Judy Tarling will talk about how music was performed and experienced in gardens from renaissance Italy to Georgian England, illustrated with musical example and images. She will investigate who played which instruments, where, the nature of the audience if there was one, and the repertoire. Judy will show how music, from the sound of water and bird-song to fully staged dramatic performances, was an essential part of the historical garden from the 16th to 18th centuries.

A little bit of Surrey in the sun?
A hundred years of the national botanic gardens of Burma

Dr David Marsh, Garden History Researcher/Lecturer

6.30 pm, Wednesday 6 March, The Gallery, 70 Cowcross Street

Maymyo was a poor relation in the family of Kew-inspired tropical botanic gardens. Established late in colonial rule by ‘amateurs’, it quickly suffered from staff turnover and uncertainty as to its role. After the war and independence it fell further into decline but has recently been ‘privatized’ by the government. Uncovering its story has been difficult but offers a different perspective on the history and political role of botanic gardens and their possible future in the developing world.

Passion, Plants and Patronage:
Three Hundred Years of the Bute Family Landscapes

Robert Peel, Vice Chair of GHS, Kristina Taylor, Vice Chair of GHSS

6.30 pm, Wednesday 20 March, The Gallery, 70 Cowcross Street

Several generations of the Bute family have been intimately involved in the development and maintenance of landscapes in Scotland, England and Wales. This talk will link the personalities and landscapes, with particular reference to the two most prominent family members in the field of parks and gardens, the 3rd Earl in C18 and the 3rd Marquess in C19, and discuss the happy condition of these landscapes today.

Contact:

The Garden History Society

Email: events@gardenhistorysociety.org

Office (information and press enquiries): 020 7608 2409

Website: http://www.gardenhistorysociety.org

Website for press information: www.gardenhistorysociety.org/press

Venues and Times 2013:

11TH Annual GHS Lecture at the RHS

Lecture by Kim Wilkie (20 Feb)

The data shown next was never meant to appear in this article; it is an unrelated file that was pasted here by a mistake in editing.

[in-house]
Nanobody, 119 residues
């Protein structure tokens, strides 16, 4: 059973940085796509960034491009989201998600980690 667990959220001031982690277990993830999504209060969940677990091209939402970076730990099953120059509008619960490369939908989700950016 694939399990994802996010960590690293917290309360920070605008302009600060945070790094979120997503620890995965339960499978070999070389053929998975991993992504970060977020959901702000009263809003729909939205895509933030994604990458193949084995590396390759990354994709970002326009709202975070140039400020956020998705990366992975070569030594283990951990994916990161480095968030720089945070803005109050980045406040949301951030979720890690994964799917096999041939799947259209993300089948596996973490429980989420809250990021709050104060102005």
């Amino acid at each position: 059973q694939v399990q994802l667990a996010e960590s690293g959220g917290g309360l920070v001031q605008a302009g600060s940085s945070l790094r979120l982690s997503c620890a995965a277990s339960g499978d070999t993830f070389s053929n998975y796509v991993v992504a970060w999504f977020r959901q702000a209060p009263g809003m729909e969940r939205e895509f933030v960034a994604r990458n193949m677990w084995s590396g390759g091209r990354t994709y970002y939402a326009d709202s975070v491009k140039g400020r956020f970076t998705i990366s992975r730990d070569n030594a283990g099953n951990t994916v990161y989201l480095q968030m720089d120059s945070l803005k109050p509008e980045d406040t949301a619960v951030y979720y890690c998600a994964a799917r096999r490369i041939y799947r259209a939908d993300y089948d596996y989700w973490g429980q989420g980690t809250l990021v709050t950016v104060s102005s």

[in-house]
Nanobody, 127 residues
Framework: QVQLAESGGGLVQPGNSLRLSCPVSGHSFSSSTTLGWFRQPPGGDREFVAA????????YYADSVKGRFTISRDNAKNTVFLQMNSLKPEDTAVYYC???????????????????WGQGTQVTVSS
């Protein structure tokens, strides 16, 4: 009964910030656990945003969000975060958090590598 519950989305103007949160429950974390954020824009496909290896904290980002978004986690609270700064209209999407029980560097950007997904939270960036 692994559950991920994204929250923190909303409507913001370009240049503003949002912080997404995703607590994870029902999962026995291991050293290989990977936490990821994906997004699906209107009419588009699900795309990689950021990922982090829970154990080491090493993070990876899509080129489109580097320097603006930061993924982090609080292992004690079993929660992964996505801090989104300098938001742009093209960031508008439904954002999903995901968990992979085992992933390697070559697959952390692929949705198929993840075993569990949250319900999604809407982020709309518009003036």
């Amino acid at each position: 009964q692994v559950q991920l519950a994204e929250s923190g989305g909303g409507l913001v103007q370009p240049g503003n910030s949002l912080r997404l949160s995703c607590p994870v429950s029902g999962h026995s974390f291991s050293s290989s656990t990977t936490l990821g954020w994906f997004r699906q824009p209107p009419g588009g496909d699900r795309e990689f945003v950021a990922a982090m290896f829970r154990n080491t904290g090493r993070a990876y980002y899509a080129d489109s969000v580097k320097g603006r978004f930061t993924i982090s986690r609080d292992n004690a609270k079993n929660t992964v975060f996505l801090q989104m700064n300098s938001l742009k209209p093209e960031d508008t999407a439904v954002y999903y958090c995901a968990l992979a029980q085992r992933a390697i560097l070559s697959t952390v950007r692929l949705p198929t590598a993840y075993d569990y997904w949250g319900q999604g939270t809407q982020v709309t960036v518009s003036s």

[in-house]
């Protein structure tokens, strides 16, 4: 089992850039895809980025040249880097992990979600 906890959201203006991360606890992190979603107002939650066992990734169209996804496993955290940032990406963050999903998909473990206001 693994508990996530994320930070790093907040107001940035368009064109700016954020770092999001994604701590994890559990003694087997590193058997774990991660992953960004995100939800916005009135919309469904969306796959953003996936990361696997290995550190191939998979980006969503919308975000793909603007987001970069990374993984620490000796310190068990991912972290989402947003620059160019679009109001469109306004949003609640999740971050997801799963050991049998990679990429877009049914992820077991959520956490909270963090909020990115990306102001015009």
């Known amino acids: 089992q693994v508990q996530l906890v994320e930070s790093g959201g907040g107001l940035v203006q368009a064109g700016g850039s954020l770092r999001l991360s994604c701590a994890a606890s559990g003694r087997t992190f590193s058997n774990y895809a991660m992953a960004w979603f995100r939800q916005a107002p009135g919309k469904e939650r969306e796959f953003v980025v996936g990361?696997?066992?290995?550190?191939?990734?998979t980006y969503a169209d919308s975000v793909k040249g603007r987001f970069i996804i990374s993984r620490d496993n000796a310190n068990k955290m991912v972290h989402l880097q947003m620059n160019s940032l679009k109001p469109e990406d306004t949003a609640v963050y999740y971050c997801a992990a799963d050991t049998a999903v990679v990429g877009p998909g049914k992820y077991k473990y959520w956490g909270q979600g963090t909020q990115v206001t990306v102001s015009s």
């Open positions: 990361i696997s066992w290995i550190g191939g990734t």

Royal Horticultural Society Halls and Conference Centre.

Greycoat Street, London SW1P 2QD (Victoria, St James’s and Pimlico Stations).

Doors open at 5.45 pm, lecture starts at 6.30 pm.

Lectures by Dr David Jacques (30 Jan), Judy Tarling (27 Feb),
Dr David Marsh (6 Mar), Robert Peel (20 Mar) at

The Gallery, 70 Cowcross St, London EC1M 6EJ (Farringdon Station).

Doors open at 6.00 pm, lectures start at 6.30 pm

 

Tickets

RHS: £15.00 in advance for members of the GHS and RHS, £18.00 for all tickets purchased at the door.

The Gallery, Cowcross Street: £8.00 in advance for members of the GHS, £10 for all tickets purchased at the door (one glass of wine included).

SEASON TICKET FOR ALL LECTURES: £43.00 members, £54.00 non-members.

A booking form can be downloaded from http://www.gardenhistorysociety.org/events

THE GARDEN HISTORY SOCIETY is widely recognised for its expertise and advice. In its role as statutory consultee, its professionally qualified conservation officers are consulted by government agencies and local authorities on a wide range of issues affecting historic parks and gardens. The Garden History Society also

  • promotes the study of the history of gardening and horticulture in all its aspects
  • promotes the conservation of historic parks, gardens and designed landscapes, and advises on their restoration
  • encourages the creation of new parks, gardens and designed landscapes.

 The events at The Gallery are supported by Alan Baxter & Associates

The event at The Royal Horticultural Hall and Conference Centre is supported by

The Royal Horticultural Society

 

The Garden History Society

70 Cowcross Street, London EC1M 6EJ

020 7608 2409

events@gardenhistorysociety.org

http://www.gardenhistorysociety.org

Old School Gardener

child with wheellbarrowAcross the developed world there is concern about a growing ‘disconnect’ between children and the natural world around them – increased time spent indoors, less time out playing – the scenario is well reported. School gardening projects are an important way to reconnect children with nature.

School gardening, like ‘growing your own’ seems to be on the increase in the UK as we look for ways of bridging the ‘ecological disconnect’, saving money, reducing ‘food miles’, improving food quality and strengthening local economies. There’s powerful evidence that school gardening is one, convenient and effective way of ‘learning outside the classroom’. A way of helping to engage children with the natural world and to deal effectively with some other important issues at the same time by:

  • raising academic achievement
  • promoting healthy eating
  • instilling a sense of responsibility for the world around us
  • encouraging social and community development and a ‘sense of place’
  • providing a place for unstructured, imaginative play

In Norfolk, England, the voluntary group of Mastergardeners is playing its part in supporting around 20 schools and many others are waiting to connect with a suitably trained volunteer in their area to develop new school gardening initiatives.